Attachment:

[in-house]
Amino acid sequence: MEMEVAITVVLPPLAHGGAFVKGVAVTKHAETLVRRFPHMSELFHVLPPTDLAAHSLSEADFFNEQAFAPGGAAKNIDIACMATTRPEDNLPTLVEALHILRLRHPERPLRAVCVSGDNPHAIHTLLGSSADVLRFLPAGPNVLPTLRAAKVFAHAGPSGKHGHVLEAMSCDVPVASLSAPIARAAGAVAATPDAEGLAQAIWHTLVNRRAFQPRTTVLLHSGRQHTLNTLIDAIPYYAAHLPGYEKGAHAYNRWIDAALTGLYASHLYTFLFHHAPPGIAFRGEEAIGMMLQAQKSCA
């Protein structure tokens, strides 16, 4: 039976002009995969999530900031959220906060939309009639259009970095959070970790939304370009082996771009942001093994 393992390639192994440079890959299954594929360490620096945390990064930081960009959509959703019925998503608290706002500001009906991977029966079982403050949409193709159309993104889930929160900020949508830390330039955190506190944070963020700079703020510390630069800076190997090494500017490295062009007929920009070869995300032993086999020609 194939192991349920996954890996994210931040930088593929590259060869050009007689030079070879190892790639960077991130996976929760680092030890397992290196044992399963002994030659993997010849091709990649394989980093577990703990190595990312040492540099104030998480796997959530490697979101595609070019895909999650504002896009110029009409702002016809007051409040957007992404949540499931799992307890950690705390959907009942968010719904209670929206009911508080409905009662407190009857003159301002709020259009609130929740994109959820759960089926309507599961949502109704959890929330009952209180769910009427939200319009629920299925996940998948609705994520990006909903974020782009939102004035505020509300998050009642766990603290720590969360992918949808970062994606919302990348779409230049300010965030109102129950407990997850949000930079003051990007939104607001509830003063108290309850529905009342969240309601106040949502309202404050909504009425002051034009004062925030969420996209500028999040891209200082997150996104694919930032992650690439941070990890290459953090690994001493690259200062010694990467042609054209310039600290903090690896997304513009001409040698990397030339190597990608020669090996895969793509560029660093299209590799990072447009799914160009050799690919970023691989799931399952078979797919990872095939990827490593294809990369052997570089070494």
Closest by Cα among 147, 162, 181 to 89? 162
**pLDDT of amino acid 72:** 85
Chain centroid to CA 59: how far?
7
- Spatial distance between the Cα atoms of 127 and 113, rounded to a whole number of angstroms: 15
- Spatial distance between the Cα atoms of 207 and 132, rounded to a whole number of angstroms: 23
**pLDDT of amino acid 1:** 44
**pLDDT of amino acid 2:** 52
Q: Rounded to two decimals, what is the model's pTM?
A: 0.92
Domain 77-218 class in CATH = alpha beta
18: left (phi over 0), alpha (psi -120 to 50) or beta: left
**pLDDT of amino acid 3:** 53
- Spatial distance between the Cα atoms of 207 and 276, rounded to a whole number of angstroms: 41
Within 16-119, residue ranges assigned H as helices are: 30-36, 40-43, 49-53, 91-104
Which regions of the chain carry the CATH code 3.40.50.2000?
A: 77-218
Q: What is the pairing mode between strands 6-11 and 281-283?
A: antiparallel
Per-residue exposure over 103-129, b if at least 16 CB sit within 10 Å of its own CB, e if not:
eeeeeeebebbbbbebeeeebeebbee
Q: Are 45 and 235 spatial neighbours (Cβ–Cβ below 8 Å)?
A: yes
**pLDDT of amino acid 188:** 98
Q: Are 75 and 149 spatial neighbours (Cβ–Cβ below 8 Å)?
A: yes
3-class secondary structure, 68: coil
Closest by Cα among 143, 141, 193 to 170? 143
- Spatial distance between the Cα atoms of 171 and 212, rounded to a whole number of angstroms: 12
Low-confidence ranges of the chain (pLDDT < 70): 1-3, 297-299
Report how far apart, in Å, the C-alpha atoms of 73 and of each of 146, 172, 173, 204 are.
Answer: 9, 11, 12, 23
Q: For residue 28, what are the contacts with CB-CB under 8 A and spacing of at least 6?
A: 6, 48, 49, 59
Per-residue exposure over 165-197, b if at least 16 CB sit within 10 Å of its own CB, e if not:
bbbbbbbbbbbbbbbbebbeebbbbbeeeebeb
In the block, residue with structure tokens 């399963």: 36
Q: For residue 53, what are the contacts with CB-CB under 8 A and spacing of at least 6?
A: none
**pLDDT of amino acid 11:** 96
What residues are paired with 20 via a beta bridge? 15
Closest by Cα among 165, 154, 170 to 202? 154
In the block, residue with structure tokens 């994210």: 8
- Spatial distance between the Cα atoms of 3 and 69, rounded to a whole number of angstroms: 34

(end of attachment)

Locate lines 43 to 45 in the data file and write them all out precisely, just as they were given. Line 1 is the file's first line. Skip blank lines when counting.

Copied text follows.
**pLDDT of amino acid 11:** 96
What residues are paired with 20 via a beta bridge? 15
Closest by Cα among 165, 154, 170 to 202? 154